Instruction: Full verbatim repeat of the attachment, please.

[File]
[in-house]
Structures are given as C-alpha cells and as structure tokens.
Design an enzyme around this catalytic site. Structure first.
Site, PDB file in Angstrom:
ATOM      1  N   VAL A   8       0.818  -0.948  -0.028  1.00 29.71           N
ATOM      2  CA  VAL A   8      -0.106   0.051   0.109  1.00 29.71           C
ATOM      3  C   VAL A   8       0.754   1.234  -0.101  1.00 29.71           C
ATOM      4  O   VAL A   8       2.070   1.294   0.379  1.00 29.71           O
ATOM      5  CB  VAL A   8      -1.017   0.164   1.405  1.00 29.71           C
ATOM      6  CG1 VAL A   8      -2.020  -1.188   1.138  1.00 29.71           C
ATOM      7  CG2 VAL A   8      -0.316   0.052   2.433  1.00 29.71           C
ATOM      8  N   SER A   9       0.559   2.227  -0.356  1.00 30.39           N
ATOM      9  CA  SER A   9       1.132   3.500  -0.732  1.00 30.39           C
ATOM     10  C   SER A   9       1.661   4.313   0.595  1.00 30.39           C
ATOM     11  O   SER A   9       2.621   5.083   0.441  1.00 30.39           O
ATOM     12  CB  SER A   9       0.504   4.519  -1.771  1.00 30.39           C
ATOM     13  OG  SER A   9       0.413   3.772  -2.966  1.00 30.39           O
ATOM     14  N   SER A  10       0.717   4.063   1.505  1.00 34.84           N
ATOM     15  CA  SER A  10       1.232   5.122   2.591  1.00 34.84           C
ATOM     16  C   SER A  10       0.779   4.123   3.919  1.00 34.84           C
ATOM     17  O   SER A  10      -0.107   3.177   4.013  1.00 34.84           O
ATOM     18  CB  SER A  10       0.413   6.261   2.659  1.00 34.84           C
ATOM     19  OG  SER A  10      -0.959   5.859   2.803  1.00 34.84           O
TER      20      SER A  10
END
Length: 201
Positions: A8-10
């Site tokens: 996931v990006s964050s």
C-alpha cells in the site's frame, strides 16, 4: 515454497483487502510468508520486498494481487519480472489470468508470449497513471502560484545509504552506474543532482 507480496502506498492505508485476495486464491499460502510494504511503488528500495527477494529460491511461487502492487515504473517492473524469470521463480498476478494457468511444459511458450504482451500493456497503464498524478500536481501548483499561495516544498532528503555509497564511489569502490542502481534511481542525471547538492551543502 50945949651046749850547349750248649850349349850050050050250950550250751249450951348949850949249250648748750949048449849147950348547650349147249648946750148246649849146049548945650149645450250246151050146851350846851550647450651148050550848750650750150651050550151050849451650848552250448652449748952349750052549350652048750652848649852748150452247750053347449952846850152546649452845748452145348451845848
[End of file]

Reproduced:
[in-house]
Structures are given as C-alpha cells and as structure tokens.
Design an enzyme around this catalytic site. Structure first.
Site, PDB file in Angstrom:
ATOM      1  N   VAL A   8       0.818  -0.948  -0.028  1.00 29.71           N
ATOM      2  CA  VAL A   8      -0.106   0.051   0.109  1.00 29.71           C
ATOM      3  C   VAL A   8       0.754   1.234  -0.101  1.00 29.71           C
ATOM      4  O   VAL A   8       2.070   1.294   0.379  1.00 29.71           O
ATOM      5  CB  VAL A   8      -1.017   0.164   1.405  1.00 29.71           C
ATOM      6  CG1 VAL A   8      -2.020  -1.188   1.138  1.00 29.71           C
ATOM      7  CG2 VAL A   8      -0.316   0.052   2.433  1.00 29.71           C
ATOM      8  N   SER A   9       0.559   2.227  -0.356  1.00 30.39           N
ATOM      9  CA  SER A   9       1.132   3.500  -0.732  1.00 30.39           C
ATOM     10  C   SER A   9       1.661   4.313   0.595  1.00 30.39           C
ATOM     11  O   SER A   9       2.621   5.083   0.441  1.00 30.39           O
ATOM     12  CB  SER A   9       0.504   4.519  -1.771  1.00 30.39           C
ATOM     13  OG  SER A   9       0.413   3.772  -2.966  1.00 30.39           O
ATOM     14  N   SER A  10       0.717   4.063   1.505  1.00 34.84           N
ATOM     15  CA  SER A  10       1.232   5.122   2.591  1.00 34.84           C
ATOM     16  C   SER A  10       0.779   4.123   3.919  1.00 34.84           C
ATOM     17  O   SER A  10      -0.107   3.177   4.013  1.00 34.84           O
ATOM     18  CB  SER A  10       0.413   6.261   2.659  1.00 34.84           C
ATOM     19  OG  SER A  10      -0.959   5.859   2.803  1.00 34.84           O
TER      20      SER A  10
END
Length: 201
Positions: A8-10
């Site tokens: 996931v990006s964050s």
C-alpha cells in the site's frame, strides 16, 4: 515454497483487502510468508520486498494481487519480472489470468508470449497513471502560484545509504552506474543532482 507480496502506498492505508485476495486464491499460502510494504511503488528500495527477494529460491511461487502492487515504473517492473524469470521463480498476478494457468511444459511458450504482451500493456497503464498524478500536481501548483499561495516544498532528503555509497564511489569502490542502481534511481542525471547538492551543502 50945949651046749850547349750248649850349349850050050050250950550250751249450951348949850949249250648748750949048449849147950348547650349147249648946750148246649849146049548945650149645450250246151050146851350846851550647450651148050550848750650750150651050550151050849451650848552250448652449748952349750052549350652048750652848649852748150452247750053347449952846850152546649452845748452145348451845848